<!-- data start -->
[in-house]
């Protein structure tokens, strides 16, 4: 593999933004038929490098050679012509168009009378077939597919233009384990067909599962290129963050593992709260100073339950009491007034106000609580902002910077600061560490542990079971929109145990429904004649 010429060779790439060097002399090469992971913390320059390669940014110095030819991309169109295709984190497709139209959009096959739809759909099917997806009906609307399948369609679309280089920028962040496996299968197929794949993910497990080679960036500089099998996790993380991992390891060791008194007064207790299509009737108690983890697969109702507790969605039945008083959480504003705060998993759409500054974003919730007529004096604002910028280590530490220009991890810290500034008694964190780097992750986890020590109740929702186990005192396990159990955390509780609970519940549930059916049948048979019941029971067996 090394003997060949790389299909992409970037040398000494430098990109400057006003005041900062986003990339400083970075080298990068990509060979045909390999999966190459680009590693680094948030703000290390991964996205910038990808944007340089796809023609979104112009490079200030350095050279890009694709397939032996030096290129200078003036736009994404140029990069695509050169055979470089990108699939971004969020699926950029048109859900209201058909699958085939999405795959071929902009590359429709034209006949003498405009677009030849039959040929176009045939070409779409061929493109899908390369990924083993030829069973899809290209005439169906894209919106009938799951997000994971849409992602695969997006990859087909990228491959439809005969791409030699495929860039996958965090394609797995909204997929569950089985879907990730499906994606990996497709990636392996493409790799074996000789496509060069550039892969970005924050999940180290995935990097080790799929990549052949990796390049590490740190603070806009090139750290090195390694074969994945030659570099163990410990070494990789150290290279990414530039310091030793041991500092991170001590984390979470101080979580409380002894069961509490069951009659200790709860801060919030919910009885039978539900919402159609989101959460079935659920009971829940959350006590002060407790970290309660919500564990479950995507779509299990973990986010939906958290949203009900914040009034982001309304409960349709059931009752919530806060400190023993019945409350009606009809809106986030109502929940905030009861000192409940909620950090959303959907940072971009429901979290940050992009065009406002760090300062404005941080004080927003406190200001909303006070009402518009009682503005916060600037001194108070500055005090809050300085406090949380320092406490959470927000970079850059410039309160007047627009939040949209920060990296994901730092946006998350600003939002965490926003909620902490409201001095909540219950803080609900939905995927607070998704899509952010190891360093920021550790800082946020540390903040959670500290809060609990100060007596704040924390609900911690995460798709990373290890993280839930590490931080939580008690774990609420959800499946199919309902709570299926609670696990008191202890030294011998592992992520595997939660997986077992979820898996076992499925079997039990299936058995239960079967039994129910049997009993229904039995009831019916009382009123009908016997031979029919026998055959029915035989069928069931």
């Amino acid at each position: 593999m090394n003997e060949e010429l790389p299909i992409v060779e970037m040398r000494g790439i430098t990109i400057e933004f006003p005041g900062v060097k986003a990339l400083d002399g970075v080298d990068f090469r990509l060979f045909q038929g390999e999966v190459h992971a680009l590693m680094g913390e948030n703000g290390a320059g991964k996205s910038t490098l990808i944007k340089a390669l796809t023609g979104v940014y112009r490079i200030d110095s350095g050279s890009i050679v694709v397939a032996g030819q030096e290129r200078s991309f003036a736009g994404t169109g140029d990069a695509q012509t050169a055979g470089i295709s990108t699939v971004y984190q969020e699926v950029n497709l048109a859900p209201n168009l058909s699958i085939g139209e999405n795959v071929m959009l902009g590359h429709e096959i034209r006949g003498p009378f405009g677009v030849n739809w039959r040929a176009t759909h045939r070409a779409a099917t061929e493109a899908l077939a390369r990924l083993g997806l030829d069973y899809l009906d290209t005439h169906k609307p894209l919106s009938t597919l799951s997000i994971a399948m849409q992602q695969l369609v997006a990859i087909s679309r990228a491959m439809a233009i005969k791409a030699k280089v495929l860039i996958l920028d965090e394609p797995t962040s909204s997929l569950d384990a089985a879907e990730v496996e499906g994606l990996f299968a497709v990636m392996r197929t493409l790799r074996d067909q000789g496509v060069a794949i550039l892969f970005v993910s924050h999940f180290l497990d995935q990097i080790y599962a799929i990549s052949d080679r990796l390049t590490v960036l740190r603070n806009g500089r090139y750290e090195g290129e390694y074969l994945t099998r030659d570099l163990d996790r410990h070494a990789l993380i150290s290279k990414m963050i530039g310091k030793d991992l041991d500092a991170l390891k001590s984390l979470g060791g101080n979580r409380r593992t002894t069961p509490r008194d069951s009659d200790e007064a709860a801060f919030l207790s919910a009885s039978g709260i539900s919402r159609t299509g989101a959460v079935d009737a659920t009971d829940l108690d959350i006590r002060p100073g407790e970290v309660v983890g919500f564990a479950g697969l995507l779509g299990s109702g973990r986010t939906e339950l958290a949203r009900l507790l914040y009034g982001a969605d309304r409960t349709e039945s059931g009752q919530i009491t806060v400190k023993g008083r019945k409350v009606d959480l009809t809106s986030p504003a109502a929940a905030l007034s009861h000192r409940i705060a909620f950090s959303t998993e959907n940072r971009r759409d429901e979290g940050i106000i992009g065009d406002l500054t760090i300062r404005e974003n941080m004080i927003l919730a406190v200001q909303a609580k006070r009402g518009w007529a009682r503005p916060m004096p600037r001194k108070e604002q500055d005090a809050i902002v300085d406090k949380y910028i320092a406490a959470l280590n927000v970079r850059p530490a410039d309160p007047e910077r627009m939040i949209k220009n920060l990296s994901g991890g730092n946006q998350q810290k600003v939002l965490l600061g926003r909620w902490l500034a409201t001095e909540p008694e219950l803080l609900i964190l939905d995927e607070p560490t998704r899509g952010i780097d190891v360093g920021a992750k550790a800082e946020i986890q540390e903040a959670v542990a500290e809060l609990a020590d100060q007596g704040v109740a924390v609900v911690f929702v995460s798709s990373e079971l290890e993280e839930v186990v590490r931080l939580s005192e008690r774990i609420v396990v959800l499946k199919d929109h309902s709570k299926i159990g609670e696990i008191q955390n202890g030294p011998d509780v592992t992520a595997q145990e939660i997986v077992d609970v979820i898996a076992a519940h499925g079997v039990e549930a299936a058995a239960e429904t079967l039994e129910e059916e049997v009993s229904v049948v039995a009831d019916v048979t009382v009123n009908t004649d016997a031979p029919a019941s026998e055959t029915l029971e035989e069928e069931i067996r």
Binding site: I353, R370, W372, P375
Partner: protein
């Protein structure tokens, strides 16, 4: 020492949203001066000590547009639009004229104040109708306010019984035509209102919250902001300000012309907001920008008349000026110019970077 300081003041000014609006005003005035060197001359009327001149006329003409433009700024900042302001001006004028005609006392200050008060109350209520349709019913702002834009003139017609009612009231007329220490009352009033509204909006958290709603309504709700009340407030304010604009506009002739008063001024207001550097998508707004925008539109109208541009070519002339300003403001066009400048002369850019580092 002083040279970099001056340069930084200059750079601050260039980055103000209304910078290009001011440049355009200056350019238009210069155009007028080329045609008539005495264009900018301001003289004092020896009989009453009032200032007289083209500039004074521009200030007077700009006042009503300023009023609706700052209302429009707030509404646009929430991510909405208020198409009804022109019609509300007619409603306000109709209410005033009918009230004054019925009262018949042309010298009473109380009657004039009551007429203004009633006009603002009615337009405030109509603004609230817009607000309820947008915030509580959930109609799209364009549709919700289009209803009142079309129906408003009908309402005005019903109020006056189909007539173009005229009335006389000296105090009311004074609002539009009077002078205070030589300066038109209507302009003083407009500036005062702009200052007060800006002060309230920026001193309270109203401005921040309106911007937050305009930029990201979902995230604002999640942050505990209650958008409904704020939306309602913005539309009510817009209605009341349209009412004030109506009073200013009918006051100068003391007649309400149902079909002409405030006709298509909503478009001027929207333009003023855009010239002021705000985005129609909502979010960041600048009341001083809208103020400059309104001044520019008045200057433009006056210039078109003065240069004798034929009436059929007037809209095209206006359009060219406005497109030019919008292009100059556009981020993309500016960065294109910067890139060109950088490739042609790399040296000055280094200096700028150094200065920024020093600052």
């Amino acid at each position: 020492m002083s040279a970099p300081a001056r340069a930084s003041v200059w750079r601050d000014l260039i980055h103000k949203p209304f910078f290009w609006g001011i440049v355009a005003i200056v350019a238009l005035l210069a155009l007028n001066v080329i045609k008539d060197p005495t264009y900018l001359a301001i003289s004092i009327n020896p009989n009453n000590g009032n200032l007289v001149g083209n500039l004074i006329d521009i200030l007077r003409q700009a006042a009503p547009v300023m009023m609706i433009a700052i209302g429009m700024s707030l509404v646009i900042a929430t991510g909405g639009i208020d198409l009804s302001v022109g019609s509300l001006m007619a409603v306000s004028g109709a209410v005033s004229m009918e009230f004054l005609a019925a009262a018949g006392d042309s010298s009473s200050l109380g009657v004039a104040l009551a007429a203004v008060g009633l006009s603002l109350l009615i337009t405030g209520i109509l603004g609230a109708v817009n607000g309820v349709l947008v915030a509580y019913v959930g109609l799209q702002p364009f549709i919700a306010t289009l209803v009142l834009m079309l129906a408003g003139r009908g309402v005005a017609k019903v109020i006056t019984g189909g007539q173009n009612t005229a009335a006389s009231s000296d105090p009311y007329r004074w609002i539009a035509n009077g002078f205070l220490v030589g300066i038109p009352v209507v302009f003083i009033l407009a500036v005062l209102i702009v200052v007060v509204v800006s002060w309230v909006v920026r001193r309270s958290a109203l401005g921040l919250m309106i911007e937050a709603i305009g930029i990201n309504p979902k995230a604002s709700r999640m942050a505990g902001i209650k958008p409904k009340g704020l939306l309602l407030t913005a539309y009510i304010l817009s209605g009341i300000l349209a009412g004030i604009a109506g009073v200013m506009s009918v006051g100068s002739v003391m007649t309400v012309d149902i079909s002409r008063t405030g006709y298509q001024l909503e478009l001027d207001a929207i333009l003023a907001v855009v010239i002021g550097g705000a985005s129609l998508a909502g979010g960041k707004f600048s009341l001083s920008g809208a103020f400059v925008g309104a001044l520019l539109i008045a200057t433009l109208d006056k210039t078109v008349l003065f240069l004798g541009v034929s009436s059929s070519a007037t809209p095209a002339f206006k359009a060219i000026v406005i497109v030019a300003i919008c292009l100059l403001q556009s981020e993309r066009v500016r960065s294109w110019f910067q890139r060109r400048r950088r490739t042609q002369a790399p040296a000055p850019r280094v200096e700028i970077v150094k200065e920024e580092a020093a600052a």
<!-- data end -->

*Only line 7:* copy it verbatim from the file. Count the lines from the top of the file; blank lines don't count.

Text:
């Amino acid at each position: 020492m002083s040279a970099p300081a001056r340069a930084s003041v200059w750079r601050d000014l260039i980055h103000k949203p209304f910078f290009w609006g001011i440049v355009a005003i200056v350019a238009l005035l210069a155009l007028n001066v080329i045609k008539d060197p005495t264009y900018l001359a301001i003289s004092i009327n020896p009989n009453n000590g009032n200032l007289v001149g083209n500039l004074i006329d521009i200030l007077r003409q700009a006042a009503p547009v300023m009023m609706i433009a700052i209302g429009m700024s707030l509404v646009i900042a929430t991510g909405g639009i208020d198409l009804s302001v022109g019609s509300l001006m007619a409603v306000s004028g109709a209410v005033s004229m009918e009230f004054l005609a019925a009262a018949g006392d042309s010298s009473s200050l109380g009657v004039a104040l009551a007429a203004v008060g009633l006009s603002l109350l009615i337009t405030g209520i109509l603004g609230a109708v817009n607000g309820v349709l947008v915030a509580y019913v959930g109609l799209q702002p364009f549709i919700a306010t289009l209803v009142l834009m079309l129906a408003g003139r009908g309402v005005a017609k019903v109020i006056t019984g189909g007539q173009n009612t005229a009335a006389s009231s000296d105090p009311y007329r004074w609002i539009a035509n009077g002078f205070l220490v030589g300066i038109p009352v209507v302009f003083i009033l407009a500036v005062l209102i702009v200052v007060v509204v800006s002060w309230v909006v920026r001193r309270s958290a109203l401005g921040l919250m309106i911007e937050a709603i305009g930029i990201n309504p979902k995230a604002s709700r999640m942050a505990g902001i209650k958008p409904k009340g704020l939306l309602l407030t913005a539309y009510i304010l817009s209605g009341i300000l349209a009412g004030i604009a109506g009073v200013m506009s009918v006051g100068s002739v003391m007649t309400v012309d149902i079909s002409r008063t405030g006709y298509q001024l909503e478009l001027d207001a929207i333009l003023a907001v855009v010239i002021g550097g705000a985005s129609l998508a909502g979010g960041k707004f600048s009341l001083s920008g809208a103020f400059v925008g309104a001044l520019l539109i008045a200057t433009l109208d006056k210039t078109v008349l003065f240069l004798g541009v034929s009436s059929s070519a007037t809209p095209a002339f206006k359009a060219i000026v406005i497109v030019a300003i919008c292009l100059l403001q556009s981020e993309r066009v500016r960065s294109w110019f910067q890139r060109r400048r950088r490739t042609q002369a790399p040296a000055p850019r280094v200096e700028i970077v150094k200065e920024e580092a020093a600052a």